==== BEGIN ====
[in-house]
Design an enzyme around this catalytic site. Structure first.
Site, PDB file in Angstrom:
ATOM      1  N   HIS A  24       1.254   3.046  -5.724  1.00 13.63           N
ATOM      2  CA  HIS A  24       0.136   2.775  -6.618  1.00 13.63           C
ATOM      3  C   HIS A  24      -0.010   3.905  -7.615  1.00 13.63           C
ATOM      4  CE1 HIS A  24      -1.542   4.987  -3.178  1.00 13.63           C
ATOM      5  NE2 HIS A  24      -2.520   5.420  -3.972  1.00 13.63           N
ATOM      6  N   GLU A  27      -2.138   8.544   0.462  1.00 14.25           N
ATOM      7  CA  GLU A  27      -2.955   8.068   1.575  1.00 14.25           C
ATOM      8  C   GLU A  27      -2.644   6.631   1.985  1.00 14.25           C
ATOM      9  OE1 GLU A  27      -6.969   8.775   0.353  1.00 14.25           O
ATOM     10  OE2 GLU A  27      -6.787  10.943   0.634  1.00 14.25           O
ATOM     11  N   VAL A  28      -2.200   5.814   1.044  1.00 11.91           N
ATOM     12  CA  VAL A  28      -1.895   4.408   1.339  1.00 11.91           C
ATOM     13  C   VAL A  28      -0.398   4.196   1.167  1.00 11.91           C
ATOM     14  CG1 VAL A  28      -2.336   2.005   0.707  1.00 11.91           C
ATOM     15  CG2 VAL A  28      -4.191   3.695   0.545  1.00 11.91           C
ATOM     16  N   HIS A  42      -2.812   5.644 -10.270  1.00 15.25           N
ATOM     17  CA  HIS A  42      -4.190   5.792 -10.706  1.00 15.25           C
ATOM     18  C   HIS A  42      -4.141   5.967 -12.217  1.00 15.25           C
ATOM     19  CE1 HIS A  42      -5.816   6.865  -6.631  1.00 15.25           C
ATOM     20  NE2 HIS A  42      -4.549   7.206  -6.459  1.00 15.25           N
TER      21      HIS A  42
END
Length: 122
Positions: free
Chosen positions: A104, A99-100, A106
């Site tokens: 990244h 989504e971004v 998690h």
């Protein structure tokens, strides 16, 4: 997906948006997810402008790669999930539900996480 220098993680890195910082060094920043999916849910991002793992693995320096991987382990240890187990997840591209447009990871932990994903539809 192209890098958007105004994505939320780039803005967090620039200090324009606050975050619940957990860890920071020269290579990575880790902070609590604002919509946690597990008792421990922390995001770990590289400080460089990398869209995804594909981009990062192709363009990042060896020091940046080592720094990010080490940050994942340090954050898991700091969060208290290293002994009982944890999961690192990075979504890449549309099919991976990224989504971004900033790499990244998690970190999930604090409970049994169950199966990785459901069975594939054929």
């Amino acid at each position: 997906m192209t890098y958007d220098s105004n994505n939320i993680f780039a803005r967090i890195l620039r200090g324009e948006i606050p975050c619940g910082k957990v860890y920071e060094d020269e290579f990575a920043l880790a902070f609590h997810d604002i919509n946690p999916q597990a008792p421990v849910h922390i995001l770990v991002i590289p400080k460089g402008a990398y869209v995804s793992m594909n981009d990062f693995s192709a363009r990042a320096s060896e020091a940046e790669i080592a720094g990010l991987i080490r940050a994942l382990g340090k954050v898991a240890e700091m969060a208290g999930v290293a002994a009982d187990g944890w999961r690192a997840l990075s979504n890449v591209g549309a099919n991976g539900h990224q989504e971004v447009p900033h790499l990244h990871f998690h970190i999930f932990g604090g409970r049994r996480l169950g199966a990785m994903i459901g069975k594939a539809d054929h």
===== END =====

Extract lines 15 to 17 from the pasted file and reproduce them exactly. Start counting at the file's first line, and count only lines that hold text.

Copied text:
ATOM     12  CA  VAL A  28      -1.895   4.408   1.339  1.00 11.91           C
ATOM     13  C   VAL A  28      -0.398   4.196   1.167  1.00 11.91           C
ATOM     14  CG1 VAL A  28      -2.336   2.005   0.707  1.00 11.91           C